“I remember standing in dances round Rasta people chanting out the lyrics and believing in what was being said about Haile Selassie, God, the way of life. Living off the land, being at peace with people. Everything that came through the music was everything I felt. I wanted to be part of that good culture because I couldn’t see any goodness in the world.If you see a light, you go towards that light – it was like that.”

An Independent Economy

Not only did 70s sound systems offer a refuge for their audiences, they provided work, creative fulfilment and business opportunities for their operators, in the main young Black men facing discrimination in the conventional job market. Soon, people were setting up as vinyl importers, gig promotors and record vendors in specialist shops such as Peckings, the first London outlet to bring records direct from Jamaica in 1974, and Dub Vendor which was born in 1976.

1980 poster for a three sounds dance including Moa Anbessa, Fat Man Hi Fi and Sir Coxsone

A number of UK reggae bands formed, too, such as Matumbi, Misty in Roots, Steel Pulse and Aswad, while British Lover’s Rock artists such as Janet Kay MBE and Carroll Thompson found great success. For some, the music business offered social mobility and an escape.

Moa Anbessa International was one of many UK reggae sound systems during the 70s and early 80s, often performing on the same bill as other top names such as Sir Coxsone, Sufferer, Soferno B, Mafia Tone and Fatman Hi-Fi; but Jah Shaka was one of just a handful to continueafter the introduction of Dancehall in the mid-80s and digital music forms in the 90s which seemed to eclipse Roots and Culture music.

“A Shaka gig was like nothing else on earth,” says Goldsmiths College press officer Patrick Edwards, who attended in the 90s. “It was like cathedrals of sound, complete audio awesomeness, sometimes coming from the most mundane venues.”

Jah Shaka events were renowned for attracting a wide audience from all backgrounds, races and ages. “It was like the United Nations of Benetton. The first time I saw a Sikh in a dance was at a Shaka gig,” reminisces fellow sound system owner, Sista Culcha, who also kept her Roots and Culture operation going through the 90s and 2010s.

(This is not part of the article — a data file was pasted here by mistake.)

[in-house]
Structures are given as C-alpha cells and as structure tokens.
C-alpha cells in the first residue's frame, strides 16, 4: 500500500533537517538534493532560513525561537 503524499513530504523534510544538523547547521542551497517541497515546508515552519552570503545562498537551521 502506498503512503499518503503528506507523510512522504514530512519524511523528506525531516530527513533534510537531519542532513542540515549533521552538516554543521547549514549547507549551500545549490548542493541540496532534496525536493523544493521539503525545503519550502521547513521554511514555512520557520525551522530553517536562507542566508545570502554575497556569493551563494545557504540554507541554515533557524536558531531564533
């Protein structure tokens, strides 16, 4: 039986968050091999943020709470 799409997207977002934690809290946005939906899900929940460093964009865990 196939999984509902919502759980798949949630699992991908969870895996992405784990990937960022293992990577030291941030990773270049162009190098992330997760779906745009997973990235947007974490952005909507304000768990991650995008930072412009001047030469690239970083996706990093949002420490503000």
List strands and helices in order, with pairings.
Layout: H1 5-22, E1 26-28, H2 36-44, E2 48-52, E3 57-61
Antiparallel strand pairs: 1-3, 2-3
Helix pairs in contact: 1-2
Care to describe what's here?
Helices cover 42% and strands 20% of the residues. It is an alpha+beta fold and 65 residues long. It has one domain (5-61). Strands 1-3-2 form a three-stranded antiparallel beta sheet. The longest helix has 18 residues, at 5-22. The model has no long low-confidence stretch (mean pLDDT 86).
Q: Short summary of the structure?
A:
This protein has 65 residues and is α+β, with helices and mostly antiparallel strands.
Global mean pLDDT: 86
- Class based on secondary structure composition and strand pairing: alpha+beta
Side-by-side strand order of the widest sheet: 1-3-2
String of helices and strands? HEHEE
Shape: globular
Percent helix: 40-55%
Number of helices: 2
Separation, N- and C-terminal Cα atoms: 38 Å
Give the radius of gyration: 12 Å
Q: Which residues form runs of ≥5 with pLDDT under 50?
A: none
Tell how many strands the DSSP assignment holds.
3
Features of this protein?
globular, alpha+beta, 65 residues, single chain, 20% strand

The Return of Roots and Culture Clubs

Gentrification dealt a blow to Black cultural life in the early 2000s as, in areas such as Lewisham in London, community centres were cleared to make way for apartment blocks for new middle-class arrivals. Even worse, the Metropolitan Police’s 2005 Promotion Event Risk Assessment Form 696, required of club promotors hosting musical events featuring ‘DJs and MCs’, had the effect of clamping down on Black music in the capital altogether. [4] The form was scrapped in 2017 and, after a hiatus of almost 30 years, a new generation of Roots and Culture club nights was born. 

“In 2018 I got a call from Softwax Steve,” recalls Man fi Bill. “He invited us to play at his new night, the Deptford Dub Club. It was a really great occasion. Then David Katz invited us to play at the Ritzy in 2019 and we got various other calls to play our vinyls and dubs.”

The new audiences were somewhat different to the old, with the Deptford crowd now including overseas visitors, Goldsmiths students and dancers from the nearby Laban Centre.